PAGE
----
Turkmenistan president set for landslide win

Gurbanguly Berdymukhamedov predicted to win vote with critics branding rival candidates as token challengers.

Women walk past portraits of presidential candidates in the Turkmen capital Ashgabat [Reuters]

Turkmenistan registered near-maximum turnout in Sunday’s ballot that will likely see President Gurbanguly Berdymukhamedov re-elected in the isolated but energy-rich nation.

The authoritarian Central Asian state’s leader, who assumed power in 2006 after the death of eccentric President Saparmurat Niyazov, faces seven loyal members of the elite on the ballot, none of whom dared to criticise him during the campaign.

Voting took place in a festive atmosphere with bands playing traditional music while food and even presents were handed to voters, the AFP news agency reported.

In addition to being the president, the 54-year-old is also prime minister, commander of the armed forces and chairman of the only political party in Turkmenistan.

Few citizens recognise anyone on the ballot paper other than the president, whose portrait – smiling and dressed in business suit and tie – can be found in parks, streets, offices and hotel lobbies across the desert nation of 5.5 million people.

Berdymukhamedov’s challengers, including government ministers and the director of a state-run textile factory, have lauded the president in the run-up to the vote.

One of the candidates, local agriculture official Redzhep Bazarov, even showered Berdymukhamedov with praise in his election manifesto.

The Organisation for Security and Co-operation in Europe has not sent observers, after deciding during a pre-vote mission to the country in December that its presence would not “add value” given limited freedoms and lack of political competition.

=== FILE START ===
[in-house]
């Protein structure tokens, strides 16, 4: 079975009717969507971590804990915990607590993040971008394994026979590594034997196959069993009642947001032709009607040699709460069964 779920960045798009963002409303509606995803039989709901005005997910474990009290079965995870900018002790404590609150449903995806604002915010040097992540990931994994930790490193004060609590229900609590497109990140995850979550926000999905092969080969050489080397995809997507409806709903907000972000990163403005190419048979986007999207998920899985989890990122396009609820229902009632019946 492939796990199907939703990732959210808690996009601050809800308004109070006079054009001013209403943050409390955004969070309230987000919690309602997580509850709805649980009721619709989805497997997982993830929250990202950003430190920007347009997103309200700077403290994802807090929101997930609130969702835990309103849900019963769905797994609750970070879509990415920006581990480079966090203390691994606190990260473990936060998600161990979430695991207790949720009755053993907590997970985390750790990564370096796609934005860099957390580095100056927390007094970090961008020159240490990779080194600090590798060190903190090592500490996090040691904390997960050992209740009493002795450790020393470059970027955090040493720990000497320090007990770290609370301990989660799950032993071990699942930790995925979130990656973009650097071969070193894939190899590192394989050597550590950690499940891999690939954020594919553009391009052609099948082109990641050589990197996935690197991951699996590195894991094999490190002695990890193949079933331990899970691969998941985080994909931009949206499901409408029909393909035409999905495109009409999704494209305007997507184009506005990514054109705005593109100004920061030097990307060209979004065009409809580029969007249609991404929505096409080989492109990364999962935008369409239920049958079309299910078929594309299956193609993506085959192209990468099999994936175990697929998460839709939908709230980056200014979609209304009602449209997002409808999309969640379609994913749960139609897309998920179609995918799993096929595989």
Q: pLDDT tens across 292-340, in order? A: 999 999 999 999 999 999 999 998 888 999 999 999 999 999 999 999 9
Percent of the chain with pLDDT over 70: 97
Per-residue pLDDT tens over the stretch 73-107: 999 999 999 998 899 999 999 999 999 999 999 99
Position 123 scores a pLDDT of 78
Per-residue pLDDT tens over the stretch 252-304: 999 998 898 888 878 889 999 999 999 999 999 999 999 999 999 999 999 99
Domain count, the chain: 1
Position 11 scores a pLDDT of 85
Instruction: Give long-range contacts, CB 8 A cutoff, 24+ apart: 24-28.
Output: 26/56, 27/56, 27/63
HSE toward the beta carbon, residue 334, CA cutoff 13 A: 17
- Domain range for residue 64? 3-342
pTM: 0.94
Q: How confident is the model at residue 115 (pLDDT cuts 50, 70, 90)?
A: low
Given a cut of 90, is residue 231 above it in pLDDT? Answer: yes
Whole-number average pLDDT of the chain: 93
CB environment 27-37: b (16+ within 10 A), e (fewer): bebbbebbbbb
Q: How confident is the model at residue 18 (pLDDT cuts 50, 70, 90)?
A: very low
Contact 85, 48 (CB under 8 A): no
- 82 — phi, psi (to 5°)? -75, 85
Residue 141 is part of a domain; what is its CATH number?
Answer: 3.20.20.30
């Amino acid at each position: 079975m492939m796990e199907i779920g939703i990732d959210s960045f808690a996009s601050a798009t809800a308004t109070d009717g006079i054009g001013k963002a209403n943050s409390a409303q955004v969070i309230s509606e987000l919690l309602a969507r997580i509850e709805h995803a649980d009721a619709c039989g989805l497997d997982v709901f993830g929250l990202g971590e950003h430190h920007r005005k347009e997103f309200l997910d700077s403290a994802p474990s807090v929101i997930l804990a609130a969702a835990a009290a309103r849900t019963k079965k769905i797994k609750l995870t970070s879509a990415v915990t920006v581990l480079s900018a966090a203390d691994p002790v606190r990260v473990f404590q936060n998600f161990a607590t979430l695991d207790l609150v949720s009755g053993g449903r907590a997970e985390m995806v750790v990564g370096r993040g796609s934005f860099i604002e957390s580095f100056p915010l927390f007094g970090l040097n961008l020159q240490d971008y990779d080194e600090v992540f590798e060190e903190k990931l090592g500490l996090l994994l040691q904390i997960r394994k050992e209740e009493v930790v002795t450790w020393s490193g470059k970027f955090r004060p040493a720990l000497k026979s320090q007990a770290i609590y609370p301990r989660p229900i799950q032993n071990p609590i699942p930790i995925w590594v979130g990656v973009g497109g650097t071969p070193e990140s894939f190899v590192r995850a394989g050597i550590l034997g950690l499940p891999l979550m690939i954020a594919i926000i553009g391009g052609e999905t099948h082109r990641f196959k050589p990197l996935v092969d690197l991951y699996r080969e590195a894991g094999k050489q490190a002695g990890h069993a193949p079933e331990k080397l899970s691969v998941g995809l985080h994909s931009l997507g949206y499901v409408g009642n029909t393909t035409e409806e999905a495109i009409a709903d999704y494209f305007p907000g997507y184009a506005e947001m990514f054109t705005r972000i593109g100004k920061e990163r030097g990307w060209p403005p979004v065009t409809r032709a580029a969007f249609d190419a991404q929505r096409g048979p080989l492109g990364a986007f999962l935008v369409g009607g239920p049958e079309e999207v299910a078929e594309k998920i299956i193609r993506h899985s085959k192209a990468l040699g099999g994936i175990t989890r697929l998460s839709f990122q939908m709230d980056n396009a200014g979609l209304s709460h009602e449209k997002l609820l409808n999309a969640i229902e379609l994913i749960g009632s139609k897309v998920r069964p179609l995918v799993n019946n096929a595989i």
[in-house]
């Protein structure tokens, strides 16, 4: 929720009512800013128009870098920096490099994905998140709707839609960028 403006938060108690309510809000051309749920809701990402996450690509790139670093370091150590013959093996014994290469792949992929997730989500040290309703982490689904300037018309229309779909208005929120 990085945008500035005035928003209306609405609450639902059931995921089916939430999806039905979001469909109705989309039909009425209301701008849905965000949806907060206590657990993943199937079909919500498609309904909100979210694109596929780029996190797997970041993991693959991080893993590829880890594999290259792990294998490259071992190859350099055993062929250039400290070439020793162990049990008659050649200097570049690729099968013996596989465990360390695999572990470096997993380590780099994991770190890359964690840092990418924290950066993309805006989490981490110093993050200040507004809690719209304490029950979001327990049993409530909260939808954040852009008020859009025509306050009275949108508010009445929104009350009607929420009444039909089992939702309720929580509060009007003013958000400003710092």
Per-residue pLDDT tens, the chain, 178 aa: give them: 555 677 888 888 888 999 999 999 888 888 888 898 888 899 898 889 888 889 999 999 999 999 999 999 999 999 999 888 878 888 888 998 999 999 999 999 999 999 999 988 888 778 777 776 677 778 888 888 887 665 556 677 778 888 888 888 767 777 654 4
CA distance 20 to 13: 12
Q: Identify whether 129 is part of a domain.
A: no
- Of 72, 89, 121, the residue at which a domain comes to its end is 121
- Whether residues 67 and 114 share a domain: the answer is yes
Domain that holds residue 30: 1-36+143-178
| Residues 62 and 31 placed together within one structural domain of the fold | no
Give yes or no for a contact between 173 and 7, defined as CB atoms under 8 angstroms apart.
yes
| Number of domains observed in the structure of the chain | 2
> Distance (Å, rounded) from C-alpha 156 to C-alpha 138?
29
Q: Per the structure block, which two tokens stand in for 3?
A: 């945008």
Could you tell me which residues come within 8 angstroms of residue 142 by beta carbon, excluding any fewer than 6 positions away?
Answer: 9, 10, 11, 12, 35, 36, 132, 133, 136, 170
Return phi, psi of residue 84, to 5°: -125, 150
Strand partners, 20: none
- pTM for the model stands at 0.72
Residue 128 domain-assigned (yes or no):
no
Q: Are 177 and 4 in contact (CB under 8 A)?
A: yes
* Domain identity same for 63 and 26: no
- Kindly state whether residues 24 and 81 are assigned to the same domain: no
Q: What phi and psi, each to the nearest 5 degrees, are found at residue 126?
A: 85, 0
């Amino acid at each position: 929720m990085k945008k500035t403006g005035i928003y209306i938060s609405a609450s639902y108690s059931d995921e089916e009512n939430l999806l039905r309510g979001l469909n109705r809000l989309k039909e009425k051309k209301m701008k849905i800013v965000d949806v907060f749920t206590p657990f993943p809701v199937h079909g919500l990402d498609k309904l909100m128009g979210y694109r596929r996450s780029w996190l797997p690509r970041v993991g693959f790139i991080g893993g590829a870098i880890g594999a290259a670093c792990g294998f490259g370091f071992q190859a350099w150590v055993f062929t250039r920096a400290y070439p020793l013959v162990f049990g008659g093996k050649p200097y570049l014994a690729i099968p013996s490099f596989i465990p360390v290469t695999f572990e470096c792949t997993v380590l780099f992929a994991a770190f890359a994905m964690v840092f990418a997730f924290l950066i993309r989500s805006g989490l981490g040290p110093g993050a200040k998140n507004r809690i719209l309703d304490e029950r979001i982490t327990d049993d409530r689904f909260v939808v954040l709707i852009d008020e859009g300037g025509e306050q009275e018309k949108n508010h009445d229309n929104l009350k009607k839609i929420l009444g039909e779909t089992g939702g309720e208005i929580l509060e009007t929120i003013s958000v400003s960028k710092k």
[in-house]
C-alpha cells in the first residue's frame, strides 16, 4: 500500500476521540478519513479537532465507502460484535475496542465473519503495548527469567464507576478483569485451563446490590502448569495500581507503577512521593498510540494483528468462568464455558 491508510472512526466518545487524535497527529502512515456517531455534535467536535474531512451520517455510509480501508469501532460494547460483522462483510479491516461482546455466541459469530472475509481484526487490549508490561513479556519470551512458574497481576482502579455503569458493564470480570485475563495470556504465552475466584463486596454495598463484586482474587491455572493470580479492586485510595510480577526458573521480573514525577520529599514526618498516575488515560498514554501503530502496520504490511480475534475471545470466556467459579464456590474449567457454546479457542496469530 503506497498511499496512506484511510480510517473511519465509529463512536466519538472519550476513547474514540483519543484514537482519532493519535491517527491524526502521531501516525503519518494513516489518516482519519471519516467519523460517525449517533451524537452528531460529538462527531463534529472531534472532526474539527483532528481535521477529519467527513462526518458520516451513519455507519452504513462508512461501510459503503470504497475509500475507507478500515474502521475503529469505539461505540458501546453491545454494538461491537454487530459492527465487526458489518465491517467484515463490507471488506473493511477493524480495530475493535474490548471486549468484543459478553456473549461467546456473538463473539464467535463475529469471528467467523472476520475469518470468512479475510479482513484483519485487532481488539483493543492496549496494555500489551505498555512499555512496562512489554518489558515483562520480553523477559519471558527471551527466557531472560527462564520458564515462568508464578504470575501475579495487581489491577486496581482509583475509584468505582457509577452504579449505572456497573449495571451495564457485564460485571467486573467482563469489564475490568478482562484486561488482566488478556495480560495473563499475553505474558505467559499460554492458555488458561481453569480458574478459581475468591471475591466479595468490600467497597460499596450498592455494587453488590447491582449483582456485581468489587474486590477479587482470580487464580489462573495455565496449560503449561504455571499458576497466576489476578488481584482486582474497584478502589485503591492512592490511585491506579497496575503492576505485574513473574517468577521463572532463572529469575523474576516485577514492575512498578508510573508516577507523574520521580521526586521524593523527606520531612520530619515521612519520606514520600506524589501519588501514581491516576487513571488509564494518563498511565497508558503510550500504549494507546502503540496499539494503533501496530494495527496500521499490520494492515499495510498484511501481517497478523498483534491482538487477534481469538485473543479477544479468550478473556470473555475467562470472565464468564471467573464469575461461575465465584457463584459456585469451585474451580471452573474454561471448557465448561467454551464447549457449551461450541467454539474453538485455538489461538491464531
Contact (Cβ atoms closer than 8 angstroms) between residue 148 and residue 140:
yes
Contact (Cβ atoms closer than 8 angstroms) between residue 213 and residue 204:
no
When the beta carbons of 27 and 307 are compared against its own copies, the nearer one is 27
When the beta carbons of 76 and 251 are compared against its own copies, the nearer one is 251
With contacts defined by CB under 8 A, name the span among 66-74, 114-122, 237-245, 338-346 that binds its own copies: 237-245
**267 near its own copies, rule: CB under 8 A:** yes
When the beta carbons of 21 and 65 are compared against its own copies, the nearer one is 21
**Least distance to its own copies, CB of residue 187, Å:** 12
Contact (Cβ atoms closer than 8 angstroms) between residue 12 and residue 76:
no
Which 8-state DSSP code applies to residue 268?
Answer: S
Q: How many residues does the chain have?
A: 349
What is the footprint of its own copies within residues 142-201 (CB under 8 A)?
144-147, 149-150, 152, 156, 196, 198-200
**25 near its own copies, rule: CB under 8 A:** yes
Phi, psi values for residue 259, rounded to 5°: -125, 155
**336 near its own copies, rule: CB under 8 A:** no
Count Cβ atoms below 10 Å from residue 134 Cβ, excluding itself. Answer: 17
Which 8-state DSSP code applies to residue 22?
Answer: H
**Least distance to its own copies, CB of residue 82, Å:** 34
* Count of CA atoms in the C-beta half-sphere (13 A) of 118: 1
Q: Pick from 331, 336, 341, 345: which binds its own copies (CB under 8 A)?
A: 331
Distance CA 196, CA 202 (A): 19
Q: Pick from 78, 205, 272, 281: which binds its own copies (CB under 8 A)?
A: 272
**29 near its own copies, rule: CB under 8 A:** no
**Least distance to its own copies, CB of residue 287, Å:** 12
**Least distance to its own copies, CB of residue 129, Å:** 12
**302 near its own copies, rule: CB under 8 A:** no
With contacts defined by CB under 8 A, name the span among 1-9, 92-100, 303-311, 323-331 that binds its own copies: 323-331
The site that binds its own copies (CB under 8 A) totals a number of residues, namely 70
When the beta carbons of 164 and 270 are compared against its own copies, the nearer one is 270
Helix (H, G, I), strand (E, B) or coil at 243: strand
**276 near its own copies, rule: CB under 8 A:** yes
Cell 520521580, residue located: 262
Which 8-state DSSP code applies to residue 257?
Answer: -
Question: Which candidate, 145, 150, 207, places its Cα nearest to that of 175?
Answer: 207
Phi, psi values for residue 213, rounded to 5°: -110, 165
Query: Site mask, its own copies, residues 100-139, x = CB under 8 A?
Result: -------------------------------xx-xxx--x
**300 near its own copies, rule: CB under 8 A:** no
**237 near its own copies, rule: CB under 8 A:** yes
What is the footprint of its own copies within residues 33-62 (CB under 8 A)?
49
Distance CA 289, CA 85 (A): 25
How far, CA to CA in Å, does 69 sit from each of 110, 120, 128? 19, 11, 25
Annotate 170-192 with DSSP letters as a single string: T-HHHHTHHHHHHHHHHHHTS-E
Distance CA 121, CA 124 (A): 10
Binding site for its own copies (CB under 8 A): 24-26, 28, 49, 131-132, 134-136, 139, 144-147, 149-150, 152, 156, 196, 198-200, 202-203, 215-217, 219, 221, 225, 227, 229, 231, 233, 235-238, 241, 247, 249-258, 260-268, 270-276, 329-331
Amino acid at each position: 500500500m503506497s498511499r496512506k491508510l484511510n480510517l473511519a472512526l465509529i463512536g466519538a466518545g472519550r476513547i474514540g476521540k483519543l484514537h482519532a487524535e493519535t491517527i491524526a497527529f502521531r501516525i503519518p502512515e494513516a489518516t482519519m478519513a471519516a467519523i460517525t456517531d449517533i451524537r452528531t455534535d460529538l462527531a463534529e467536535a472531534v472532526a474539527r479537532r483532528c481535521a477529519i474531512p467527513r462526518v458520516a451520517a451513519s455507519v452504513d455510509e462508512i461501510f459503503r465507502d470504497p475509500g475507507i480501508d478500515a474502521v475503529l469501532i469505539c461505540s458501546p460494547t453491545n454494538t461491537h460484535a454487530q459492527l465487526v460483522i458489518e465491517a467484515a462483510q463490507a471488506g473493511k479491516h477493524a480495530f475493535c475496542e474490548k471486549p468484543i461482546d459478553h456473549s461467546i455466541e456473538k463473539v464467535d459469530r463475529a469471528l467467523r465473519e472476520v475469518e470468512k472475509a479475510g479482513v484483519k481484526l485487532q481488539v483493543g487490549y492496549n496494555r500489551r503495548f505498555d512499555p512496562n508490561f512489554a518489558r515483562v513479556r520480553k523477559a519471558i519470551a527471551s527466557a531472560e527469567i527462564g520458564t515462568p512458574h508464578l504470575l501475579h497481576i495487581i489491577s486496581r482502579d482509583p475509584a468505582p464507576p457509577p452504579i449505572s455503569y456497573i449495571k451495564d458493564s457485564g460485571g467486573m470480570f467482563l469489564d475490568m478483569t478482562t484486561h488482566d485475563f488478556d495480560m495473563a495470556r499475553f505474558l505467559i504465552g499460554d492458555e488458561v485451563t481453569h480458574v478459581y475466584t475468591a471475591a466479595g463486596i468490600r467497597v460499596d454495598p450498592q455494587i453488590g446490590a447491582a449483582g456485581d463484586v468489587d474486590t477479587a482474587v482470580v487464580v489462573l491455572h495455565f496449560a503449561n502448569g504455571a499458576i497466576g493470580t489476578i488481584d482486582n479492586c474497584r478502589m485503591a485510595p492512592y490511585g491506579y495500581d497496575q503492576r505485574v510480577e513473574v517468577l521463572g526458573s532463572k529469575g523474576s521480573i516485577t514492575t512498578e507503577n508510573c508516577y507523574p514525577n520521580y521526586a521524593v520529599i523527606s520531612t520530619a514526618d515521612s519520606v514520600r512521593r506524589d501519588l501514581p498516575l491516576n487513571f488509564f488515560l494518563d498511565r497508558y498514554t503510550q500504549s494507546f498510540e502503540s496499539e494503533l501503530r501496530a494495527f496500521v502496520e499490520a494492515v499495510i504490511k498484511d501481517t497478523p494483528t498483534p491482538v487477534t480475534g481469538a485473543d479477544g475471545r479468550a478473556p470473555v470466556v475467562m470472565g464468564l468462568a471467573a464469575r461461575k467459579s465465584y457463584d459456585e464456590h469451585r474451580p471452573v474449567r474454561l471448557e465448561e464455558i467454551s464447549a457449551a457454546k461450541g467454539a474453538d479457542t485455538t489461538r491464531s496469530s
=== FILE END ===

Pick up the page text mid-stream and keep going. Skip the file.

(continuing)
Voting took place in a festive atmosphere with bands playing traditional music and food and even presents handed to voters, said an AFP correspondent who was taken on a tour of polling stations by the election commission.

Berdymukhamedov, who won the last election in 2007 with 89 per cent of the vote, cast his vote alongside his son, grandson and his father Myalikguly Berdymukhamedov.

“An atmosphere of universal inspiration and high emotion is prevailing,” the country’s official news agency reported.

Shary, a 20-year-old taxi driver who gave only his first name, told the Reuters news agency that he did not need to visit a polling station because election officials would bring a ballot box to his home.

“They will come with a ballot box and I will vote, although nothing depends on me,” he said.

‘Era of rebirth’

Turkmenistan has issued no invitation for Western observers to assess the elections on a full-scale mission, while human rights workers and journalists have also been denied access to the country.

The energy-rich country is promoting the elections as a new step in a programme of democratic reforms, but Berdymukhamedov’s promise last summer to include genuine opposition in the polls appears not to have been fulfilled.

About three million people have the right to vote across the vast former Soviet state that extends from the Caspian Sea to Afghanistan and is one of the most secretive nations in the world.

Polls opened at 0300:GMT and should close 12 hours later. Turnout at 0500:GMT was already 22.8 per cent, the central election commission said.

Berdymukhamedov has started cautious reform after the excesses of the notorious personality cult under Niyazov, which extended to installing a golden statue of himself in Ashgabat that rotated to always face the sun.

In a half decade that Turkmenistan calls the “Era of Rebirth”, Berdymukhamedov had reopened cinemas, theatres and research institutes and started to encourage foreign companies to help exploit its energy reserves.

But critics say the drive has been little more than window dressing and that he still presides over an autocratic one party state that brutally cracks down on dissent.

“Serious human rights violations such as torture and ill-treatment continue to be committed in detention facilities and severe restrictions remain on freedom of movement and expression, political activism, faith and many other fundamental rights,” Amnesty International said in a statement ahead of the polls.

Source : News Agencies

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